Book Review: Team of Rivals

Stephen Spielburg based the epic film,  Lincoln, on the book, Team of Rivals:  The Political Genius of Abraham Lincoln by Doris Kearns Goodwin.  Amazon already has 1,588 customer reviews of this book.  Mine is not needed, and, although I read it two years ago as I prepared to visit Civil War Battlefields and museums, I can’t help but sing its praises as one of my all time favorite books!

Can you name Lincoln's rivals?
Can you name Lincoln’s rivals?

The rivals mentioned were the others that wanted the Republican presidential nomination in 1860:  William H. Seward – NY, Salmon P. Chase – OH, and Edward Bates – MO.  Most of the research about this book came from their personal journals, and those of their family members who knew and interacted on a personal level with Abraham Lincoln.

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Lincoln amazed and saddened all the pundits when he won the Republican nomination for President in 1860.  Goodwin maintains that he triumphed, not because of a fluke involving the swing state of Illinois, but because he controlled the nomination process with self-reliance, shrewdness, and canniness.  Lincoln’s greatness showed when he managed opinions that differed from his.  To add to more controversy than just having his party rivals for the nomination to the cabinet, Lincoln included former Democrats:  Gideon Welles, Montgomery Blair, and Edwin M. Stanton.  It was even-tempered Lincoln, who “dispelled his colleague’s anxiety and sustained their spirits with his gift for storytelling and his life-affirming sense of humor.”  (loc.211-214)  All his rivals eventually acknowledged his greatness.  Even the treacherous Salmon P. Chase eventually realized that he’d been out witted by the comedy-cloaked brilliance of the 16th President of the United States.

Her passion explains this book's excellence.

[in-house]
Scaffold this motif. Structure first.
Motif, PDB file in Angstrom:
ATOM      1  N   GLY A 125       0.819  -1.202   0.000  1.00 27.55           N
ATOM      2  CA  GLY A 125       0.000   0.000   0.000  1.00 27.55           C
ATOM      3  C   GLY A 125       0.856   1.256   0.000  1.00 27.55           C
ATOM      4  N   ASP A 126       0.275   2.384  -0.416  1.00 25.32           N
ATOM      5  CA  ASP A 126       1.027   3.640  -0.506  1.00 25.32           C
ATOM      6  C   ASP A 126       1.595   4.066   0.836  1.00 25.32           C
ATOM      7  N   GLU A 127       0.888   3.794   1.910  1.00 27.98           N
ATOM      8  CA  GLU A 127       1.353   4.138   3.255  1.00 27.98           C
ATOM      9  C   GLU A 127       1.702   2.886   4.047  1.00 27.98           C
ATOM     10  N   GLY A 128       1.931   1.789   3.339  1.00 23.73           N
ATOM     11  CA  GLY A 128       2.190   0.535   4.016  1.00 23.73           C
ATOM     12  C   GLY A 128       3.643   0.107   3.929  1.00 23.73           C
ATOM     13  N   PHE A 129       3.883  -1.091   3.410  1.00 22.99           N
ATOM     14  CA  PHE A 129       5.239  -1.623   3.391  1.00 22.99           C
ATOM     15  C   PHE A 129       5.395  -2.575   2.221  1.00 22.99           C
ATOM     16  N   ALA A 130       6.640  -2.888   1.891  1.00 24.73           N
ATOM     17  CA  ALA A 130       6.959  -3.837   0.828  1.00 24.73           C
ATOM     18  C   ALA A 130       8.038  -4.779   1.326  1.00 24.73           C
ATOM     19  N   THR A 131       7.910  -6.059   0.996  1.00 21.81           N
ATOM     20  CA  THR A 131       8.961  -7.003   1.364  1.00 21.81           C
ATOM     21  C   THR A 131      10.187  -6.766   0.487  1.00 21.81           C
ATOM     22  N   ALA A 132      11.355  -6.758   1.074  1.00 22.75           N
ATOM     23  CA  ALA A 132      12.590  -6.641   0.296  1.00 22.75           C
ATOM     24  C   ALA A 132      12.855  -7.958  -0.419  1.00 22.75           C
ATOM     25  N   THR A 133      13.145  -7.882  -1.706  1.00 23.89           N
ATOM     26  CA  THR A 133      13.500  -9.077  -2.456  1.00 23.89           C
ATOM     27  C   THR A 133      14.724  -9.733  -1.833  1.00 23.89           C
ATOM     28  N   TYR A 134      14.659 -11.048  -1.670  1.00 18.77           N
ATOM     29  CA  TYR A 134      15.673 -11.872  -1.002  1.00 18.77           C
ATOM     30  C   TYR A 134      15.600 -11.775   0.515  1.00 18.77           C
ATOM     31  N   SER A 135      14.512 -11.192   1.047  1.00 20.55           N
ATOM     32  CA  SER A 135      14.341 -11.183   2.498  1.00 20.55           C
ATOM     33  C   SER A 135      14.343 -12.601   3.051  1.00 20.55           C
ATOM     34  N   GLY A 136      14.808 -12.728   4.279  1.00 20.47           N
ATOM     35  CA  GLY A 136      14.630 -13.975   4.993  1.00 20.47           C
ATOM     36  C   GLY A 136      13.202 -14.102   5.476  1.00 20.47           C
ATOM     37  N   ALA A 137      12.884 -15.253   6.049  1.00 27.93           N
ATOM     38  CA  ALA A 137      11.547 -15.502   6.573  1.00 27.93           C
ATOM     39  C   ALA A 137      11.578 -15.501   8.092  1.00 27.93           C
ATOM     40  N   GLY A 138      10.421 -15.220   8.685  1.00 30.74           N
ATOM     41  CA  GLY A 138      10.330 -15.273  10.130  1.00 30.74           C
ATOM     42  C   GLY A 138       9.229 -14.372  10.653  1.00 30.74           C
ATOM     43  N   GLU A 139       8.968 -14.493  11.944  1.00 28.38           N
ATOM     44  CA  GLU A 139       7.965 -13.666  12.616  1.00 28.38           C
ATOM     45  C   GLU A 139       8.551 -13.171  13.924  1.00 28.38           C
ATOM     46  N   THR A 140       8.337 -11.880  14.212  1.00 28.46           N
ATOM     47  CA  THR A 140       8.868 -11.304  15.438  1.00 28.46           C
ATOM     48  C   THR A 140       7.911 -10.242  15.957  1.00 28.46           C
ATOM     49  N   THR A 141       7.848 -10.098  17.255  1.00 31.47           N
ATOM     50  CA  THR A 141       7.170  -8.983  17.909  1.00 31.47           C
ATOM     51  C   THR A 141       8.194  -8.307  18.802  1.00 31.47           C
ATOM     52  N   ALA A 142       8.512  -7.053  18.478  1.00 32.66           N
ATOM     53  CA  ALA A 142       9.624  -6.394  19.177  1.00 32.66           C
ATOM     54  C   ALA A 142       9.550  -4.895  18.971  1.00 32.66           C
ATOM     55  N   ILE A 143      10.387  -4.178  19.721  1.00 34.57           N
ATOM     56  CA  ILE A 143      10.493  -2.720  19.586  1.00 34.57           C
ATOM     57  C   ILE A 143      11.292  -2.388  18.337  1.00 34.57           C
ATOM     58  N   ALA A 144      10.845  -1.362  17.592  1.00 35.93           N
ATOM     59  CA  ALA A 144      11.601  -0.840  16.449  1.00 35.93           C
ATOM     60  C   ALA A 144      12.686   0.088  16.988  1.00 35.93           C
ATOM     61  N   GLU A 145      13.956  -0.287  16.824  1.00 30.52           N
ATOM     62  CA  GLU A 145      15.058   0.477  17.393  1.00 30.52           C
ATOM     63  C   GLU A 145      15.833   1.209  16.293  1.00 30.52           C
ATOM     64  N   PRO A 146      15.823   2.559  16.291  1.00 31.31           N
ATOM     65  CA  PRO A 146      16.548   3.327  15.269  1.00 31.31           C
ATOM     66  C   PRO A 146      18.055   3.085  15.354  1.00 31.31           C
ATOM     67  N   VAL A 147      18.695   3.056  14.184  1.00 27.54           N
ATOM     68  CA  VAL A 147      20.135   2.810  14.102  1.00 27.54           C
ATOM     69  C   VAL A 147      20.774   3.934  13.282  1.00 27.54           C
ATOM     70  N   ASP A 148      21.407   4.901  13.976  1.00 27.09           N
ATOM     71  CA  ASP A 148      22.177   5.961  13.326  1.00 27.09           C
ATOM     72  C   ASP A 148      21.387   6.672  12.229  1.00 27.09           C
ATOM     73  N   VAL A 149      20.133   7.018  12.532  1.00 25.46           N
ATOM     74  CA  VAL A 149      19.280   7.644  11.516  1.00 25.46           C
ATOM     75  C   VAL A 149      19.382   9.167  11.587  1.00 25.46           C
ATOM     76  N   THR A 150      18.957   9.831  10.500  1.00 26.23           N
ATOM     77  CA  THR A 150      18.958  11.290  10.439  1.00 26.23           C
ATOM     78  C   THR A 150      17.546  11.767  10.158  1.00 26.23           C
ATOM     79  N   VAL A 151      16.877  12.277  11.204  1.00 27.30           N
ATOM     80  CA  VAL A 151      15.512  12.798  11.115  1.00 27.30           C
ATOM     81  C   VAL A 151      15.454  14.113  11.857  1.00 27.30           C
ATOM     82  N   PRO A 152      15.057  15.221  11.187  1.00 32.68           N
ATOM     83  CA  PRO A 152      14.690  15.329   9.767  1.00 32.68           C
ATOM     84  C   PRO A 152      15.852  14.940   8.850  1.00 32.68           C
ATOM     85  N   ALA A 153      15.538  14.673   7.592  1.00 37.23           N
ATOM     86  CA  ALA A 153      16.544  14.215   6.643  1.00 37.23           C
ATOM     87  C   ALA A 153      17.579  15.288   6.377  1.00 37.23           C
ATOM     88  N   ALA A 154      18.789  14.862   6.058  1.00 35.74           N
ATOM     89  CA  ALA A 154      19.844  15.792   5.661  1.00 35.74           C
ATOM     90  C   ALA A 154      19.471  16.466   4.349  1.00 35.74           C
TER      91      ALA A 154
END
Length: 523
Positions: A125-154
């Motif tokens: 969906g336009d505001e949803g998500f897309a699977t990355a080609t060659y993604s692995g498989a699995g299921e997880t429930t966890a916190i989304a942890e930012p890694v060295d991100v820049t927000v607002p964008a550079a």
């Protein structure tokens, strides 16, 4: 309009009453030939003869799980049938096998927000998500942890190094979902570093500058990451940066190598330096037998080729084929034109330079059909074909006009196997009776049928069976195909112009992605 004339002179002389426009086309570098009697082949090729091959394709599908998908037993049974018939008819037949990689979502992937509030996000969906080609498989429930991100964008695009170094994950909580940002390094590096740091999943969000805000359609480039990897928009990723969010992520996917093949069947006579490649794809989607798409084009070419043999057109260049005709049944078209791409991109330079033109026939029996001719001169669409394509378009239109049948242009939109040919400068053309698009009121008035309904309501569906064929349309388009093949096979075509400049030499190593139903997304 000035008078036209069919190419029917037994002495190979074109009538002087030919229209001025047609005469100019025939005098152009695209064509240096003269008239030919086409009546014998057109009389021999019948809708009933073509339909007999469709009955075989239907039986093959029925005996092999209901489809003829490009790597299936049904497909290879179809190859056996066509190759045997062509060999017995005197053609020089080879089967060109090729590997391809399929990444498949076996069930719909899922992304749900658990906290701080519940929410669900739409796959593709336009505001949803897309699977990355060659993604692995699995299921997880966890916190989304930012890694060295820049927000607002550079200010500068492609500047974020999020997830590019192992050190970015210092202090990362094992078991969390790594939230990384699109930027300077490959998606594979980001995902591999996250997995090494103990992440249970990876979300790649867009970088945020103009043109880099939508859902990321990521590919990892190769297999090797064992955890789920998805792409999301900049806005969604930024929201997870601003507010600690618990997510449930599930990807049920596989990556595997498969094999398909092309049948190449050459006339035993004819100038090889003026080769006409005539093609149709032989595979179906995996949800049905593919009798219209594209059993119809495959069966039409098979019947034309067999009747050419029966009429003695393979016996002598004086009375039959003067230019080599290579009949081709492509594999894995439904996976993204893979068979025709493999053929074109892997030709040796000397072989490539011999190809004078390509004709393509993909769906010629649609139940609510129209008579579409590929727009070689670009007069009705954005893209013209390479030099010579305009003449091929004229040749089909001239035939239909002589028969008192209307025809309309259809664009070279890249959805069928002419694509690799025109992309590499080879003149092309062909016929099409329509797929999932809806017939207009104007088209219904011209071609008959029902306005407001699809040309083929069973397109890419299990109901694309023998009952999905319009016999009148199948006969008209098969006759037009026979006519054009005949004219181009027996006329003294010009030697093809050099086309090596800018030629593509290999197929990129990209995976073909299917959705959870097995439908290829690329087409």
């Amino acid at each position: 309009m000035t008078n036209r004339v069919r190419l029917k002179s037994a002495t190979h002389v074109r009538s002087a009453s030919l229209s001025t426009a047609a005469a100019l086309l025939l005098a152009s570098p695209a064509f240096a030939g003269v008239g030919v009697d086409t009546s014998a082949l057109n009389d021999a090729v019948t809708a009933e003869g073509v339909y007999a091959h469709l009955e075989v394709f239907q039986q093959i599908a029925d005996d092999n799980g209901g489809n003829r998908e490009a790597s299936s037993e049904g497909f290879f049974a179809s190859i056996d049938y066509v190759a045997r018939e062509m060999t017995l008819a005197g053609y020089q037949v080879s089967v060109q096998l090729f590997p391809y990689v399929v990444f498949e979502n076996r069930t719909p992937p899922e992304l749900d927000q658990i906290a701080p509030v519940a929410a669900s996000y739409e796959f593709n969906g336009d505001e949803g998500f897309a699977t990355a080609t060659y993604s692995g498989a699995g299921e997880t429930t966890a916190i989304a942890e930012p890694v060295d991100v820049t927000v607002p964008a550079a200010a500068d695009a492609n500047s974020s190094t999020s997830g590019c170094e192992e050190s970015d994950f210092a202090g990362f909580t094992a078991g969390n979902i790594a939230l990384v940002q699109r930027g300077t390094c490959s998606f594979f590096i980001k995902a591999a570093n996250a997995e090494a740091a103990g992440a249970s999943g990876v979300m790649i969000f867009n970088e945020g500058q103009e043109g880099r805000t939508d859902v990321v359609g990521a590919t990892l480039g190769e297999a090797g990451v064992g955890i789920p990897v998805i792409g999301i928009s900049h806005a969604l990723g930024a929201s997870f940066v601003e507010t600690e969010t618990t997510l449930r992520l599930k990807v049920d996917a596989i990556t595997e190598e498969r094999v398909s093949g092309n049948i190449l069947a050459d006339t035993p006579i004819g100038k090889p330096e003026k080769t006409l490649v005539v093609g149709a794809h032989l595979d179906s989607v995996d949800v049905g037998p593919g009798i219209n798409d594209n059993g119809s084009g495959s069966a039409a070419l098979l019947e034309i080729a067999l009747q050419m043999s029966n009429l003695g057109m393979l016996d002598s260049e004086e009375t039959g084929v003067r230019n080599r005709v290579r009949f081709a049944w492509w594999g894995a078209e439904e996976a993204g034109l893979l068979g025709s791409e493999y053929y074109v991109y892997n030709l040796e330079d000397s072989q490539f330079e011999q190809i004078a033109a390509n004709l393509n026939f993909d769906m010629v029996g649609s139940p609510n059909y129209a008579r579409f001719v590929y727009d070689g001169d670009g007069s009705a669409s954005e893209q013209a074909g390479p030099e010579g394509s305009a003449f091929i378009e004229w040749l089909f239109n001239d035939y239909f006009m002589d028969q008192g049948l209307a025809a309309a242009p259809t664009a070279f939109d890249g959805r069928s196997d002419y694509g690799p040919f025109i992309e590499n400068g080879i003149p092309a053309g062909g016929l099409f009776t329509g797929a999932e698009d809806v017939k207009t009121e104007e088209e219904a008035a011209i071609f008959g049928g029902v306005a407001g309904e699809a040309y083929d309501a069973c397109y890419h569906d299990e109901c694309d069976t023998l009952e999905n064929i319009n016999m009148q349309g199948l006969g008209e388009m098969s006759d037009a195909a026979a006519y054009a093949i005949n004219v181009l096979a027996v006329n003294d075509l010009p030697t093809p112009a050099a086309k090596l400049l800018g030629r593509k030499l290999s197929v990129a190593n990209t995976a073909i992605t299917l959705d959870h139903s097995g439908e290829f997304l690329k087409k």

Her passion explains this book’s excellence.

Goodwin weaves the stories in this volume with such skill that you wonder what is going to happen next even when you know what happens.  It was the most valuable resource in studying for a Civil War tour that I had personally.  In the hands of language arts and history teachers, it has great use in the Common Core classroom.  The character details will thrill the language arts teachers.  “He lifted his whole foot at once rather than lifting from the toes and then thrust the whole foot down on the ground rather than landing on his heel.”   Details like these that came from Lincoln’s law partner, William Herndon, turn students into historians in the classroom.

Unflattering stories told of Mary Todd Lincoln are somewhat softened by Goodwin’s quotes from primary sources.  On their first meeting at a party Lincoln told the well-educated, lively woman, “I want to dance with you in the worst way.”  Mary confided to her cousin, “He most certainly did.”  (Hmmm, was he the worst dancer??)  Lincoln developed unflinchingly loyal friends during his circuit experience as an attorney.  “Lincoln and his fellow lawyers journeyed together throughout the state.  They shared rooms and sometimes beds in the dusty village inns and taverns.”  Lincoln was always the center of attention.

Lincoln movie image

Through the pages of this book, you come to understand why Lincoln became the unsurpassed successful president he was.  There is much more to this book than the movie, even though the movie portrayed a most crucial event during Lincoln’s presidency.  If you are a Lincoln fan, you probably already read it.  If you aren’t, it’s worth your time.  🙂

For other top reviews check out Amazon.com.

Author: Marsha

Hi, I'm Marsha Ingrao, author, blogger and retired teacher/consultant. Read more about me here. http://wp.me/P7tP3I-2

8 thoughts on “Book Review: Team of Rivals”

  1. Team of Rivals is up there with Shelby Footes Narrative of the Civil War for the richness of its presentation.
    While Spielberg did an incredible job, the book really is a much more wider, deeper, more illuminating tapestry.
    The realtion of Lincoln and Seward from teh beginning to the end is revelatory all on its own, as well as Lincoln having the only realistic grasp (aside from Winfield Scott) of what it would take to win the war.

    Like

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